Islamophobic Disinformation in India

Muhammed Sabith, Research Associate, EIF

Islamophobia is rampant in India, thanks to a number of factors, particularly the rise of Muslim-hating Hindutva forces into power under the prime minister Narendra Modi in 2014, and their re-election in 2019.

As a result, the Indian Muslims face online abusesdiscriminationphysical harassments, and fatal mob attacks.

In an article published in Human Rights Watch, a leading global advocacy group on human rights, Jayshree Bajoria wrote that the recent vilification of Indian Muslim for the spread of COVID-19 has simply highlighted what Muslims have been facing in India since Modi’s BJP government was first elected in 2014.

In the past years, hate crimes targeting Muslims have increased significantly.

Renowned social activist Harsh Mander wrote that after his “22 journeys” with a group of other activists since September 2017, he found “a wave of these crimes had erupted in many corners of the country”. He wrote this after visiting families of the victims of lynching and other hate crimes, spread across 12 states.

However, unlike many other countries, in India, no official data is available for the public to understand the depth of the issue. Additionally, the police and other law-enforcement agencies fail to invoke important and relevant penal provisions in such cases.

There are widespread prejudices, misunderstandings and bias prevailing in the country about Muslims, their lifestyles, their religion and their organisations.

Disinformation and hate crimes targeting Muslims have been perpetrated in the name of cow protection, ‘love jihad’, spreading COVID-19 and even for not offering a seat in train. However, Indian mainstream media coverage on these disinformation and hate crimes has not been adequate enough to create a strong public opinion in favour of the victims.

Role of Disinformation

Even though there are several factors that facilitate these anti-Muslim violent incidents in India, what stands unique is the role of misinformation, more precisely disinformation, in most of those incidents.

Shakuntala Banaji and Ram Bhat, two researchers from London School of Economics (LSE), explains how ‘disinformation’ is different from ‘misinformation’: “… while misinformation can be information that is simply inaccurate, disinformation is usually linked to powerful, covert political actors operating either autonomously, or as part of the state and through proxies, to produce and share systematically distorted information in order to gain results that will favour their political goals,” they wrote.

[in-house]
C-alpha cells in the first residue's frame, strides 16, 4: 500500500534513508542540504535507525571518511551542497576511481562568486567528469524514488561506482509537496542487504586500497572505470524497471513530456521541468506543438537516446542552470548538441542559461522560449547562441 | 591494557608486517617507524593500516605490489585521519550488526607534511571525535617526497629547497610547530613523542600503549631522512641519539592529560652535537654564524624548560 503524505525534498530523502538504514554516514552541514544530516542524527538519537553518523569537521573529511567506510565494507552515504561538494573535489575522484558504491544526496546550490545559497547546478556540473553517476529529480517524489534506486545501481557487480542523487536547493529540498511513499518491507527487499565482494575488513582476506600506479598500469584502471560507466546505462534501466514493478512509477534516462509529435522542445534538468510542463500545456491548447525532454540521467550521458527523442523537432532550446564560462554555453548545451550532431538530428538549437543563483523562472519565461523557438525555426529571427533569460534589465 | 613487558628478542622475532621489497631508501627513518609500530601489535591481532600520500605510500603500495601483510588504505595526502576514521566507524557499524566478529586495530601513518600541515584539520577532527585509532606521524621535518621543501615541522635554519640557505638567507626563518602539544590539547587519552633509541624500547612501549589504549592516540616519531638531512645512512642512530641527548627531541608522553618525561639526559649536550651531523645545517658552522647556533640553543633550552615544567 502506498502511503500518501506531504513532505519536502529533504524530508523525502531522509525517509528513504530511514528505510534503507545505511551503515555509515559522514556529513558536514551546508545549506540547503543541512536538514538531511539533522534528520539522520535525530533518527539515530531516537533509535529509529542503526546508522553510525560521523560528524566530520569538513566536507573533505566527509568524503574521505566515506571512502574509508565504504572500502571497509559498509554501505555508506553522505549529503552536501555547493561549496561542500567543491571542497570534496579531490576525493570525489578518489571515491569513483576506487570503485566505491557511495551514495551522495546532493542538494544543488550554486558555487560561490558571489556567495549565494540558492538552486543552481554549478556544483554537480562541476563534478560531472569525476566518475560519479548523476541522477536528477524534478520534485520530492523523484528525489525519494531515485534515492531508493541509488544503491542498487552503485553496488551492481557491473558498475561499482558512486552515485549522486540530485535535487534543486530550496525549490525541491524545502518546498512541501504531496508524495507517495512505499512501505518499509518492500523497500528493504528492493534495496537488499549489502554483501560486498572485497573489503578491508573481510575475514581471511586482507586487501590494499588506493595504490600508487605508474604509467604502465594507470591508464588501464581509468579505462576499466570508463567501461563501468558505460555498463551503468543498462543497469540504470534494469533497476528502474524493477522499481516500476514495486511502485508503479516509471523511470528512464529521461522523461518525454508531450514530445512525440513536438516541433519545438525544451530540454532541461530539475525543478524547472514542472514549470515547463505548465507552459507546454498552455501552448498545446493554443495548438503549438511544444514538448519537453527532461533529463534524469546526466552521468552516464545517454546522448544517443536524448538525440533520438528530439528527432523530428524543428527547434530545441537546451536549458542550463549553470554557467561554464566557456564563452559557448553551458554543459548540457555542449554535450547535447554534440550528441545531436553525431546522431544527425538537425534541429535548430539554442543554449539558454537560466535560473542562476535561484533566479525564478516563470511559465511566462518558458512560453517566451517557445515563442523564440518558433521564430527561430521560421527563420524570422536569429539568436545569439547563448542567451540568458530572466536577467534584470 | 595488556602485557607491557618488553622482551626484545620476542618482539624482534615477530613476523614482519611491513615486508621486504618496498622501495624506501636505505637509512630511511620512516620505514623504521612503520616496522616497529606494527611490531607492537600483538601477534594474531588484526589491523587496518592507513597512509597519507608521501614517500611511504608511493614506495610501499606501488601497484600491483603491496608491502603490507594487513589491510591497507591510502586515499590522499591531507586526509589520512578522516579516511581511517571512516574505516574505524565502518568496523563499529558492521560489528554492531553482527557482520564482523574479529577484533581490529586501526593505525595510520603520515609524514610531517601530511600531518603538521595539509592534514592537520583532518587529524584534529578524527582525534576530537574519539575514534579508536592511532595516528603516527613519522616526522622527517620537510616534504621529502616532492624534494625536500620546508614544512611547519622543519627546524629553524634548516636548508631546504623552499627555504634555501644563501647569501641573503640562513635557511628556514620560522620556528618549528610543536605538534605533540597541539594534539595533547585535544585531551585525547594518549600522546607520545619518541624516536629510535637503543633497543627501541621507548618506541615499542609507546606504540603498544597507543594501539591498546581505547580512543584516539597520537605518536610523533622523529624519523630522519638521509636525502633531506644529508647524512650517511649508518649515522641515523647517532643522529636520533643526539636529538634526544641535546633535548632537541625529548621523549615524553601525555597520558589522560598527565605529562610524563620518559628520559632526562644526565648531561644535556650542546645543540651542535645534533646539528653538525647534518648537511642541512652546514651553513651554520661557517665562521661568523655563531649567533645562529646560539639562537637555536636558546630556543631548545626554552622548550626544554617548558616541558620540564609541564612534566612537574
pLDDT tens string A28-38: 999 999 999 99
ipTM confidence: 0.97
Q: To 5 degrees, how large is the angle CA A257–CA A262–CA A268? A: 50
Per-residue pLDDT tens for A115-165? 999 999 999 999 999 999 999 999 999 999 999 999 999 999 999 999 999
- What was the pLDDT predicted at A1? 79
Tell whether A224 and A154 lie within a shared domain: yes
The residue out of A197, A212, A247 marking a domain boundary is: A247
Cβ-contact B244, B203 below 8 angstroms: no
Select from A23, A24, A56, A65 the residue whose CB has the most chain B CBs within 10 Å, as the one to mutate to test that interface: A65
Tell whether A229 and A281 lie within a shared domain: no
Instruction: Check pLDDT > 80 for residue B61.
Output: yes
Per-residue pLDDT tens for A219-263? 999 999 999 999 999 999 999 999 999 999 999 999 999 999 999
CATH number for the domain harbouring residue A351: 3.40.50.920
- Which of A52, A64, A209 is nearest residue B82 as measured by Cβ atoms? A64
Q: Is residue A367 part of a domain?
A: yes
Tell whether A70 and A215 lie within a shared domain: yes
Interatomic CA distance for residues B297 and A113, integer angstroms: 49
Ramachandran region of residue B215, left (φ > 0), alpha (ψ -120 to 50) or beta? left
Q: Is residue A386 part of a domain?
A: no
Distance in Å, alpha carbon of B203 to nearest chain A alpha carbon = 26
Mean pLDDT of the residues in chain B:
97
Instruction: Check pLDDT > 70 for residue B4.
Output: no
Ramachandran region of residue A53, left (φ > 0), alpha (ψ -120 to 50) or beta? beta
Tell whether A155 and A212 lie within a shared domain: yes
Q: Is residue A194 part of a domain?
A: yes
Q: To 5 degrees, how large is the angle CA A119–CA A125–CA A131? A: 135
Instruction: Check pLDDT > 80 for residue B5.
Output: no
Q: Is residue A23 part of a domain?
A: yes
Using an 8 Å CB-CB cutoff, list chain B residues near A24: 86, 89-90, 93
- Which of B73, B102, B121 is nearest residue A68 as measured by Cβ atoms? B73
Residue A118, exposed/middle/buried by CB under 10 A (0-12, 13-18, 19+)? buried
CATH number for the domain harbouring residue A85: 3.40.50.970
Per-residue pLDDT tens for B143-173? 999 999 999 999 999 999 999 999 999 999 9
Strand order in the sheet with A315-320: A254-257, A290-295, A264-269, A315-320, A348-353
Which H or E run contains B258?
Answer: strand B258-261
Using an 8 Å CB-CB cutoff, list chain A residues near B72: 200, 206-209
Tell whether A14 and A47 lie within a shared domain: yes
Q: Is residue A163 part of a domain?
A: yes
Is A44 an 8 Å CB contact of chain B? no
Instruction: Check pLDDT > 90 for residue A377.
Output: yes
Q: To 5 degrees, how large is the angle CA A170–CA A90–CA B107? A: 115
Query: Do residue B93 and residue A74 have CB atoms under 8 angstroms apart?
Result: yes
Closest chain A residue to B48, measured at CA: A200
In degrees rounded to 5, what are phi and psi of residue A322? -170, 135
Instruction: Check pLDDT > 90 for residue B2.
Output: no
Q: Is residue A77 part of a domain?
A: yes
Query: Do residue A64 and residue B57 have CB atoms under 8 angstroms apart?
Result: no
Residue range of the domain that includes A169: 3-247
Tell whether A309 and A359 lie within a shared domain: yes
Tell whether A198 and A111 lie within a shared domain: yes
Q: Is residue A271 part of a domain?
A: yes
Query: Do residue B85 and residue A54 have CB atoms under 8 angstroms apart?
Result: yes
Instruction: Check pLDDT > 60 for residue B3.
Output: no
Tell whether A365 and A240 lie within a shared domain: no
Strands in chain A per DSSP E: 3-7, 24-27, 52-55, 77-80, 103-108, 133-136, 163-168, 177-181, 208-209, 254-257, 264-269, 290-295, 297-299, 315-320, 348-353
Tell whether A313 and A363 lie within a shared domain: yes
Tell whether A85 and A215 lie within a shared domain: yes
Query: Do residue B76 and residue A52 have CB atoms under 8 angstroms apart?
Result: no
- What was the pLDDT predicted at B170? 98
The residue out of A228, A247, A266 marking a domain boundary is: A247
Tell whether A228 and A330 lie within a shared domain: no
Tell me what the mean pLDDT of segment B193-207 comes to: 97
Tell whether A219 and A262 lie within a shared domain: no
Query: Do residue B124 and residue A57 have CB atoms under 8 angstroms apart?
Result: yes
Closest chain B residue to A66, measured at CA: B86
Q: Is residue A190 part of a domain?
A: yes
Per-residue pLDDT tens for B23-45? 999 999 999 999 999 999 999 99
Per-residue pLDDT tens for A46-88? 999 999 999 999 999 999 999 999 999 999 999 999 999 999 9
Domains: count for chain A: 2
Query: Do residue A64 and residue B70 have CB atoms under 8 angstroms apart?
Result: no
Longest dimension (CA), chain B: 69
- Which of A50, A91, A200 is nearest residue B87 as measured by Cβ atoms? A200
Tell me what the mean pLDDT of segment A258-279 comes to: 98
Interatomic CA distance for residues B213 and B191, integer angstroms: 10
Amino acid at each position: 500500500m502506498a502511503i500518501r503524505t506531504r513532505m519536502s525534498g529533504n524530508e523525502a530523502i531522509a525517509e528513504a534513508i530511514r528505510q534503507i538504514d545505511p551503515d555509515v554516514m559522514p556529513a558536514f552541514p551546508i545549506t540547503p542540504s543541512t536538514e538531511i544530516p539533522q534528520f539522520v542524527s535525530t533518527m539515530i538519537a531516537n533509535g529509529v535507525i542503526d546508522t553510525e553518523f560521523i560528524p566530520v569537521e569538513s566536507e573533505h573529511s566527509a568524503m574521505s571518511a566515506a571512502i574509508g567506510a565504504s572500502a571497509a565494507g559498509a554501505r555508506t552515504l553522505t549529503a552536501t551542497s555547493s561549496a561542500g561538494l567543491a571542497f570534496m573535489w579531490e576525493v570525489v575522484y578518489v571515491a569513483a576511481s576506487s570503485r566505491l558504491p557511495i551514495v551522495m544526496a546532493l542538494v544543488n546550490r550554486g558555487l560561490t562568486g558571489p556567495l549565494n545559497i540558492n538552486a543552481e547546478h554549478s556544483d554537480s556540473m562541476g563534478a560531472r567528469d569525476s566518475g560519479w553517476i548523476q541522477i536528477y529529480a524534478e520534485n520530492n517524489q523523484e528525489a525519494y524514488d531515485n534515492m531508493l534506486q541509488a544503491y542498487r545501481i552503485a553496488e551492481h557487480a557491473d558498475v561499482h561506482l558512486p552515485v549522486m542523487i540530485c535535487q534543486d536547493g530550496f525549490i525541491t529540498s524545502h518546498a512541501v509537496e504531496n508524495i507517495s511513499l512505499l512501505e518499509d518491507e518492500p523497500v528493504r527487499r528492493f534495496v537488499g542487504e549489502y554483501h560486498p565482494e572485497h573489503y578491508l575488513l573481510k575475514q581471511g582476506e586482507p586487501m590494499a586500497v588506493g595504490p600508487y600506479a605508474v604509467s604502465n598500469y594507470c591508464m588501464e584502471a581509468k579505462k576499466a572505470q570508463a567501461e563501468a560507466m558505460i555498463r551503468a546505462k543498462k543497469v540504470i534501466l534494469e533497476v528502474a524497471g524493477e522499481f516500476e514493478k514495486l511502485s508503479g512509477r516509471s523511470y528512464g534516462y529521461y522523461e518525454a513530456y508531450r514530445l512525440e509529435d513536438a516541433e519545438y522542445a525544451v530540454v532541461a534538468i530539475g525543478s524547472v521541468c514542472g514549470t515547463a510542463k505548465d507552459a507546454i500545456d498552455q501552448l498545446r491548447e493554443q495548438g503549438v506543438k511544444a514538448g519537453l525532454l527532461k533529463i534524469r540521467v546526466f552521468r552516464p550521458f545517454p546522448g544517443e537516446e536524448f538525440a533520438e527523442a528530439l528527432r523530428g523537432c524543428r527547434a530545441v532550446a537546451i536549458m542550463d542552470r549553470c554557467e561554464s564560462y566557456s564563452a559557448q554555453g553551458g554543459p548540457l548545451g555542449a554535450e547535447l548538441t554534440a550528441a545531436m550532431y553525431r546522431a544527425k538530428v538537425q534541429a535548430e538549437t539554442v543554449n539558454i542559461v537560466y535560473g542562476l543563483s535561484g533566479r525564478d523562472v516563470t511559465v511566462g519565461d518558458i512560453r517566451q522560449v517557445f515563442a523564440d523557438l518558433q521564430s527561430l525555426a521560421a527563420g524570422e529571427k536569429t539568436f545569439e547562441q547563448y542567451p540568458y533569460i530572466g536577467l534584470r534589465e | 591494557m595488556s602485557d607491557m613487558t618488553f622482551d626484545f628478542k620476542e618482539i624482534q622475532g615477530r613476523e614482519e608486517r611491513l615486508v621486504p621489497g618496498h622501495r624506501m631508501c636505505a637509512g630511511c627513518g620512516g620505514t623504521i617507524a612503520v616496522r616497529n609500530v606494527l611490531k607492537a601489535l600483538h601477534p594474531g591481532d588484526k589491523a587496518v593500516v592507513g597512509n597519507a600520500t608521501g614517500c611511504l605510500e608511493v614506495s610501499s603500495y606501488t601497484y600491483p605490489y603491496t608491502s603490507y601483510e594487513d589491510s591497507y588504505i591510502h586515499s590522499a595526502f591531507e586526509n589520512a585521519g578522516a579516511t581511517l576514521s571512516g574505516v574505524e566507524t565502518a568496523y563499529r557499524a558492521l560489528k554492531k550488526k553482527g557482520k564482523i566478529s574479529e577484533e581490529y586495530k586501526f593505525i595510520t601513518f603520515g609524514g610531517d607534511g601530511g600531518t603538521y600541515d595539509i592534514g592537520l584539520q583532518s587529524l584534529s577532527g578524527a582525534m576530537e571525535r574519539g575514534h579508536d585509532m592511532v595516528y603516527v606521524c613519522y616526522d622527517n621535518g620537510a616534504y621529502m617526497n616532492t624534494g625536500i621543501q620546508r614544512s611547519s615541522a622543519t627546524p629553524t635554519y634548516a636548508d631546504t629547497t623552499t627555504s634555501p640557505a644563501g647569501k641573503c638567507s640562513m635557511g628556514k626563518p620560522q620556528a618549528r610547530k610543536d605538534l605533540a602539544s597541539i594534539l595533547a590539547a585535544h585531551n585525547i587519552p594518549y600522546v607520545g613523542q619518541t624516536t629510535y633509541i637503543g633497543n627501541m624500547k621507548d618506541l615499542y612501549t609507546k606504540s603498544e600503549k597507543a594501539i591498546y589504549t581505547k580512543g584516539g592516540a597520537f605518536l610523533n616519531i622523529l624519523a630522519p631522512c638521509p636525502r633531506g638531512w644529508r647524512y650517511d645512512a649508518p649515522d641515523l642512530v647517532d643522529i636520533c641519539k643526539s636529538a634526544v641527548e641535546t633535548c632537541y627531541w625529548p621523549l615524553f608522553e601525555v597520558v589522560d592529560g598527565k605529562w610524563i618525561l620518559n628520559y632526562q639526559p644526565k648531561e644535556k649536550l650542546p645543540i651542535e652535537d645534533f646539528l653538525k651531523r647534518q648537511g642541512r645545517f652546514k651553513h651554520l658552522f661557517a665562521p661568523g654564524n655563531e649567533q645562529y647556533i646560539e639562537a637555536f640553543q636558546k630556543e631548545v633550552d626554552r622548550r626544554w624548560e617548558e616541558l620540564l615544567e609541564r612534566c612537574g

Fact-check website Alt News recently analysed more than 20 anti-Muslim, fake news stories that went viral in recent past. The analysis, which was also republished by some other independent news organisations, pointed out that these ‘viral’ stories were a result of “systematic, synchronised and organised attempt” to target Muslim and Christian communities. According to the analysis, these fake reports were made to make Hindus both “fear and hate” Muslims.

In India, Islamophobic disinformation is also being promoted by the government – through either its actions or inaction. For example, an investigation by ‘Article 14’, revealed how the government actions, or lack of appropriate actions, fuelled hate and crime against Muslims during the pandemic.

A recent study, carried out by Equality Labs, a South Asian Dalit-progressive organisation, found that “hate speech and disinformation targeting Muslims runs rampant across Twitter, Facebook, WhatsApp and other social media platforms”.

Another study, done by Shakuntala Banaji and Ram Bhat of the LSE, gives us shocking details on the spread of deliberately-produced fake messages in India through social media platforms, and how such messages are connected with various anti-Muslim attacks.

They claimed that the spike in anti-Muslim disinformation has little to do with ignorance or digital illiteracy.

Their survey found that the spread of fake news in India, which resulted in mob lynching and other form of violence, was largely done out of reasons of “prejudice and ideology”, rather than “ignorance or digital illiteracy”.